Wednesday, August 10, 2016

British Navy, early 1800s

Despite the thin veneer of anonymity I have here, there are some situations at my library that are too pointed, too explosive to discuss with a naked directness. With changed names and a bit of dodging I can call out an occasional co-worker or misguided policy, and I can speak to a structural problem here or there, but when the shit hits the fan I am in a delicate position.

Fortunately I am surrounded by literature. And stories talk. So let us talk through a story today.

Here I am in the British Navy in the early 1800s.

The Captain, an amiable drunkard, can be relied upon for a certain range of ship tending, and is a decent enough fellow in his way, but he scrupulously leaves much of the running of the ship to his First Lieutenant, and he will not be bothered with these things.

The First Lieutenant, though, is slowly going mad.

He pops up out of nowhere to criticize randomly and by implication. He tells people who are working to get to work. He lurks like a spider in all areas of the ship, disappearing for hours and then leaping out to put an end to any sound of laughter. There are so many things to be done, and laughter is not one of them.

There is too much to be done!

The other officers haven't a clue and are not put out by this incipient madness. It barely affects them. But below decks there are ever the murmurs among the afflicted. And yet there are never as many murmurs as the First Lieutenant seems to hear. And the word that hasn't even occurred to the below decks crew is the the word that ever whispers in the First Lieutenant's ears: Mutiny.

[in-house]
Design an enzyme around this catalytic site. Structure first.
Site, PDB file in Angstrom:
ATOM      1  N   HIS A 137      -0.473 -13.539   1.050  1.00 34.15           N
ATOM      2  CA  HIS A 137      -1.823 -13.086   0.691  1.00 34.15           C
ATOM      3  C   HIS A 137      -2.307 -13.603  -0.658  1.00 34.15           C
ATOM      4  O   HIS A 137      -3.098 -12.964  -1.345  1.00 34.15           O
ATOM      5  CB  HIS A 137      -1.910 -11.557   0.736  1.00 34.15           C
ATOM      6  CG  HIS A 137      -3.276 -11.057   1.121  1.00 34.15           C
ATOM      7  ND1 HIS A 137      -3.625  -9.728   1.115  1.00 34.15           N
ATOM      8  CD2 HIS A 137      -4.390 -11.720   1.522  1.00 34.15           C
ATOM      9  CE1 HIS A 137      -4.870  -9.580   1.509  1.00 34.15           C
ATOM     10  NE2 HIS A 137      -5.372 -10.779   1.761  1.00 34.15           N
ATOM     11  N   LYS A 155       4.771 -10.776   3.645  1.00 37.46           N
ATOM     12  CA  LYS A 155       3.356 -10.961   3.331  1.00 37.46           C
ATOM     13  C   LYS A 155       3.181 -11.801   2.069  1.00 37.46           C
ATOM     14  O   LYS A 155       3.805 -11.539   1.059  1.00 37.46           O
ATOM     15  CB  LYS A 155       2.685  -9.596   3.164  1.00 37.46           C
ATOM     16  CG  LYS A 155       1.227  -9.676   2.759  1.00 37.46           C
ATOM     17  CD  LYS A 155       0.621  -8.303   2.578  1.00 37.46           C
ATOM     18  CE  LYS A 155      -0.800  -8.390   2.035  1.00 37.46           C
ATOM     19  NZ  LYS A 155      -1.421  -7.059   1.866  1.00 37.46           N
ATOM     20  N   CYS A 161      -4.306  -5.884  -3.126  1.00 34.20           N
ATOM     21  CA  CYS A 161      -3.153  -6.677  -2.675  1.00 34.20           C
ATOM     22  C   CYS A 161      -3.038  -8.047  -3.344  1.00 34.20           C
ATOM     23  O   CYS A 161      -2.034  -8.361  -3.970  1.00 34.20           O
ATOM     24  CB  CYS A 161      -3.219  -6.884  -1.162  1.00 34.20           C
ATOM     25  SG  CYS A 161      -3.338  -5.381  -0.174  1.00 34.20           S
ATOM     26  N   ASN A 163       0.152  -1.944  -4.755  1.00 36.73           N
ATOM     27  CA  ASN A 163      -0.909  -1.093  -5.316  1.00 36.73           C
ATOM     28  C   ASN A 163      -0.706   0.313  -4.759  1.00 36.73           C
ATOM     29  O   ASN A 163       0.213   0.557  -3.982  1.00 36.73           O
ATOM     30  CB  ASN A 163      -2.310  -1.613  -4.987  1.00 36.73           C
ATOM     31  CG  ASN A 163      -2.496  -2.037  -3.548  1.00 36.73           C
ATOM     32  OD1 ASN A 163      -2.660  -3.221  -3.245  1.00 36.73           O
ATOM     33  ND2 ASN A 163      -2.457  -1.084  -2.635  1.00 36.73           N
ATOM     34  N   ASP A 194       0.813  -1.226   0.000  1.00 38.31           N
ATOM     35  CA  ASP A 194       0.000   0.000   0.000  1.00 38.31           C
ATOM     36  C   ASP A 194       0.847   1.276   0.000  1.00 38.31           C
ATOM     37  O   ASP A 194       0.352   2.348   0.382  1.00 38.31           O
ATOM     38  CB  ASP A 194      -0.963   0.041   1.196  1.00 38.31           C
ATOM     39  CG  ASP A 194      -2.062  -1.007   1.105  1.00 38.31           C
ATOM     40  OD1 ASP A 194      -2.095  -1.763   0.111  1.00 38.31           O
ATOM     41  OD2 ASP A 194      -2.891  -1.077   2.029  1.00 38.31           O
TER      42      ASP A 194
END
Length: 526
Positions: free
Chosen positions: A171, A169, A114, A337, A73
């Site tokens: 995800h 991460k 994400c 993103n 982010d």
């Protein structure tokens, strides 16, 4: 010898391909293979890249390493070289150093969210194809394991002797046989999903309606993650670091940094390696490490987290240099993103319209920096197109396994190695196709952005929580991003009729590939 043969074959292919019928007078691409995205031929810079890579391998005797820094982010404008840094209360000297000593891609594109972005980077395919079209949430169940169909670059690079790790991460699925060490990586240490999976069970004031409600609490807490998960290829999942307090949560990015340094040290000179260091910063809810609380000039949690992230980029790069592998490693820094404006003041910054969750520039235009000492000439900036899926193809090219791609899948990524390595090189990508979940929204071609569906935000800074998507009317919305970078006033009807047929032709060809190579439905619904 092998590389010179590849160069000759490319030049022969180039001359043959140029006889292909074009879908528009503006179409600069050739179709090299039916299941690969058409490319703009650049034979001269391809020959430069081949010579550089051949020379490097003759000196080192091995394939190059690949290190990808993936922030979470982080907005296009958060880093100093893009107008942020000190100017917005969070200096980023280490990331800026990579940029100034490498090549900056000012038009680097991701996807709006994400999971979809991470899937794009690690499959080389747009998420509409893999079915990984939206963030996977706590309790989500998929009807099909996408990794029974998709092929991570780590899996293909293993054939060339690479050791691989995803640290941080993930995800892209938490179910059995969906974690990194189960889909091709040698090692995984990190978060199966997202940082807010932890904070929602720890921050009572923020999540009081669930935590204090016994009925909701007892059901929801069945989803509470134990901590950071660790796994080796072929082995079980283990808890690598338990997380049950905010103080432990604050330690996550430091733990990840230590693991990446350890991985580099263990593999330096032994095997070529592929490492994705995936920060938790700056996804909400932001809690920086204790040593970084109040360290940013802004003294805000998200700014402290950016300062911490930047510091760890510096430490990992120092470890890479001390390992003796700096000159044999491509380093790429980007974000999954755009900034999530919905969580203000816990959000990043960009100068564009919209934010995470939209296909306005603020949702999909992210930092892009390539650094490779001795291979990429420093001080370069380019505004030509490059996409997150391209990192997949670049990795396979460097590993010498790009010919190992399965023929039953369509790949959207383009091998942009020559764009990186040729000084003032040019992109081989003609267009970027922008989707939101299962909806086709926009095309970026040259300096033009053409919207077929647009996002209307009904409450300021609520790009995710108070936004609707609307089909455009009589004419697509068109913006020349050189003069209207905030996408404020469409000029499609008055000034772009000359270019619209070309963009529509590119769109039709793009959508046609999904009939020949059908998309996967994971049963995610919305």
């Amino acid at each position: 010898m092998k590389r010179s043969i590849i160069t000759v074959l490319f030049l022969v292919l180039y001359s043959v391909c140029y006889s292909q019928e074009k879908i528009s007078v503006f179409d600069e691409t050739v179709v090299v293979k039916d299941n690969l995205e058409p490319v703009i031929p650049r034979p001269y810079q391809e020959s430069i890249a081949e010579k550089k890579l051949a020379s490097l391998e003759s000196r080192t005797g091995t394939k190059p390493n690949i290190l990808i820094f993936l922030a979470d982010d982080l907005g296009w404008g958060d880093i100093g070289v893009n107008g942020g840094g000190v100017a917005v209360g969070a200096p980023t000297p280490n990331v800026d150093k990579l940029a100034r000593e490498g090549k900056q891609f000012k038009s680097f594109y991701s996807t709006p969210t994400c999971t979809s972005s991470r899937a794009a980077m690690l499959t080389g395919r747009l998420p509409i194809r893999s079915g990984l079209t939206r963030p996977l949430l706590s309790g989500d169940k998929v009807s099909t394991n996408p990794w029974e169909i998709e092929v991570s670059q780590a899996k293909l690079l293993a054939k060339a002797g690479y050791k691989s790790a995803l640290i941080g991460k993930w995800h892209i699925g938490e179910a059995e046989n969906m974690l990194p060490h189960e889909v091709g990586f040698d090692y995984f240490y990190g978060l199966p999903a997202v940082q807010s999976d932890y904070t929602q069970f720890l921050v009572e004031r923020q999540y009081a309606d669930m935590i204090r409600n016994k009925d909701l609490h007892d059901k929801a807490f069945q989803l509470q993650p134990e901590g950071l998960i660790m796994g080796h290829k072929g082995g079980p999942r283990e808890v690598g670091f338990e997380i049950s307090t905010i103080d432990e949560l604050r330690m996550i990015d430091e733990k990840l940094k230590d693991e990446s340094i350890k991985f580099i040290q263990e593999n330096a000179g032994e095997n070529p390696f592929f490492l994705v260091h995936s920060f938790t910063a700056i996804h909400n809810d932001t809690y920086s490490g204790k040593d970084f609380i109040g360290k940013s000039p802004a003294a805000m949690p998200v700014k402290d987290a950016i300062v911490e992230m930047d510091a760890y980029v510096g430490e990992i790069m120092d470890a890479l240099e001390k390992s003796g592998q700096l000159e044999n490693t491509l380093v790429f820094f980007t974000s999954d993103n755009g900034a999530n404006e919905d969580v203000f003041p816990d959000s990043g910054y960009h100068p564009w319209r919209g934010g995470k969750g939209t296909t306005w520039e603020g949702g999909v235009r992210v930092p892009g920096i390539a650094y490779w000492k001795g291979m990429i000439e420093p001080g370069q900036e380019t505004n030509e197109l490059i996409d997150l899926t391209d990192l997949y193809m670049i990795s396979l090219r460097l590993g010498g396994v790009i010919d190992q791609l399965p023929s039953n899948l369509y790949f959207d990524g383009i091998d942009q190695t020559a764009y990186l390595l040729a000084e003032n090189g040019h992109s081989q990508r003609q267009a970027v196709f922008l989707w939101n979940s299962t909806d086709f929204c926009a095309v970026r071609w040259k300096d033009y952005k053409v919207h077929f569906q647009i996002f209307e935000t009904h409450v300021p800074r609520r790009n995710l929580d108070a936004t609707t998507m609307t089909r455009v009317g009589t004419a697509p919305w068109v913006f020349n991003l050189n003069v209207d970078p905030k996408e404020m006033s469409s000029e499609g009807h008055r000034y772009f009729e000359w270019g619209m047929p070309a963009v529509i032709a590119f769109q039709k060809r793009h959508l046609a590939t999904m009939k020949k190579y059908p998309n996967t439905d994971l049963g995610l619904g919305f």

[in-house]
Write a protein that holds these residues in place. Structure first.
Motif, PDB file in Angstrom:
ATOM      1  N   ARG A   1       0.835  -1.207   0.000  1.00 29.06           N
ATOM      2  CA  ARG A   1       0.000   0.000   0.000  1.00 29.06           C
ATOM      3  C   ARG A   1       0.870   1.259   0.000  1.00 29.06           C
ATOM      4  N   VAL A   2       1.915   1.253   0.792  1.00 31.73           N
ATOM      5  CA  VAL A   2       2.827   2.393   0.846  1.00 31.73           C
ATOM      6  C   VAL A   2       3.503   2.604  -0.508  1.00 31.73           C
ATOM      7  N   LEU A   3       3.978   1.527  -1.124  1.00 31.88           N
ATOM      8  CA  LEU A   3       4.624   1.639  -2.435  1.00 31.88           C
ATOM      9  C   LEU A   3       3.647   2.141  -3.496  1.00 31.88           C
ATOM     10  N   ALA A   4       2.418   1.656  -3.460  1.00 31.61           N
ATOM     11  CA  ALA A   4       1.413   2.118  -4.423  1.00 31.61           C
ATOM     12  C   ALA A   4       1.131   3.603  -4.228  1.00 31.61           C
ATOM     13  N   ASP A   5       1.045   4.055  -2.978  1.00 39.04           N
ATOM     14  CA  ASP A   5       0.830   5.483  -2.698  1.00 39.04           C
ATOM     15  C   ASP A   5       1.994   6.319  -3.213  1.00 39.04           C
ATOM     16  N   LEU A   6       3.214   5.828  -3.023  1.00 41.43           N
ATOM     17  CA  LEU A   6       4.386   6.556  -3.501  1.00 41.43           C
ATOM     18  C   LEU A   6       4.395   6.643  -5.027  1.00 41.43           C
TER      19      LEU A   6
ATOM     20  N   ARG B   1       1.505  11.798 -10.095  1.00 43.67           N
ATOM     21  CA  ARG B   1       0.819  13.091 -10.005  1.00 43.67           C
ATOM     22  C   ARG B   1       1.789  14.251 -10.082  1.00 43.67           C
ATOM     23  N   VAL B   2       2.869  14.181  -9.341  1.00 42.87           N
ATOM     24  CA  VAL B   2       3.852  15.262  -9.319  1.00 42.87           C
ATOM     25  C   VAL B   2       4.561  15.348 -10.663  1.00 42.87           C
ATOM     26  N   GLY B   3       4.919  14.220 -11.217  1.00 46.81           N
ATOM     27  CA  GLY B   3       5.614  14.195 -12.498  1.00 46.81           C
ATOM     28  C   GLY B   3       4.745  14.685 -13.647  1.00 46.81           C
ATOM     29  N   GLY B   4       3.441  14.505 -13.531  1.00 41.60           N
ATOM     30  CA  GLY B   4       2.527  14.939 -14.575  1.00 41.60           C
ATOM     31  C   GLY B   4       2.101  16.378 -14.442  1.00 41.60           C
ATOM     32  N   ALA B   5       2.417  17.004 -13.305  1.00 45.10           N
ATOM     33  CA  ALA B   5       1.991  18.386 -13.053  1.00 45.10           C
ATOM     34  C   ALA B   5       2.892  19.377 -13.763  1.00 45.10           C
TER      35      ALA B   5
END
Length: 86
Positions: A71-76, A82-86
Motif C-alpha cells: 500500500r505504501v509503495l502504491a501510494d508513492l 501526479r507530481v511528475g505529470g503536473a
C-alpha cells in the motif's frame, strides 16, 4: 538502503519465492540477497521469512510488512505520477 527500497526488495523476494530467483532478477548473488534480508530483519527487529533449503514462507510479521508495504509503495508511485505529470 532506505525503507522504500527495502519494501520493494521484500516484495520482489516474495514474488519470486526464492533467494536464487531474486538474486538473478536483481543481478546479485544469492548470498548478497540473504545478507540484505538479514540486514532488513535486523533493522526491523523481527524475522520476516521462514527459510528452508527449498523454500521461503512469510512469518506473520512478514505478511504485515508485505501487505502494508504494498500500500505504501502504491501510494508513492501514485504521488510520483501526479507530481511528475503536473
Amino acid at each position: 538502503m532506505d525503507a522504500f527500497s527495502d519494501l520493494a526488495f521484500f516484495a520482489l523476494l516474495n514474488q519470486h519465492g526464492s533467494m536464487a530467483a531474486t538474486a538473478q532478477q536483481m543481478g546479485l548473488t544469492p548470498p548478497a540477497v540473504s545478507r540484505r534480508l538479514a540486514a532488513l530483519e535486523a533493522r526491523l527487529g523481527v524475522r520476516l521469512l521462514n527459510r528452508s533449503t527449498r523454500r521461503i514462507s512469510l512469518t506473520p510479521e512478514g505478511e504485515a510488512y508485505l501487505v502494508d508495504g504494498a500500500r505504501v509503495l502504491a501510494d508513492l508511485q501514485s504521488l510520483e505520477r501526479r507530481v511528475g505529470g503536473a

He fears being taken advantage of. He fears the work not getting done. Why? Because everything reflects upon him, and he dreads and fears the judgement of a murky array of people who are paying no attention. Was a splash of blood from the last battle not fully scrubbed out? The First Lieutenant is terrified it might be so. So he cajoles. He rushes onto the deck every few minutes to cry out "There is much work to be done!" He tells everyone to do exactly what they're assigned to do, then he randomly shoves tools and scrub brushes into the hands of people who are supposed to be elsewhere. Overwrought with delusions of responsibility and feeling a desperate inability to get the crew to work as hard as they should he suddenly decides to do it himself. He throws himself into the scrubbing in a fury. "This is how it's done!" His mind cries out. But the whispering, the whispering, my god with the whispering. He cannot concentrate. He resolves to abandon himself into this work- ah the respite of work- but even a minute of trying to ignore the whispering is already too much for him. He must leave the scrubbing undone to put an end to the whispering.

Did he hear laughter? There is work to be done, so much work to be done! Why are those two people talking together. Why are they smiling? Break it up, break it up. Underneath it all he knows what they're really doing; they're taking advantage, slacking, being insubordinate, talking about him, whispering. Yes, they are whispering. They are whispering "Mutiny".

The work, the well-run ship ever recedes in importance. It is merely the excuse now for the Lieutenant to drive things on, to stop the voices, to stay in control. The ends don't matter. It is only the means. Everyone must look busy. Everyone must be where they're supposed to be! And no more whispering. Yes, there is only one thing left now, to stop the whispering. Mutiny! Mutiny! My god, before it's too late! He must stop the whispering... 


  1. Aaargh! Blast ye Lieutenant! We take ye shippe at dawn and feed he to ye sharks! Aaargh!

    1. OH NO! As if it wasn't all bad enough! Now Pirates. Hide the goats!!!!

  2. Aye, tis true. Tis the price ye pay for liberating ye library ship. Hand over ye pretty goats first!

    1. Oh lord! Please sir, have pity on us. Fall is coming and we shall have no cashmere on the cruel English Seas!


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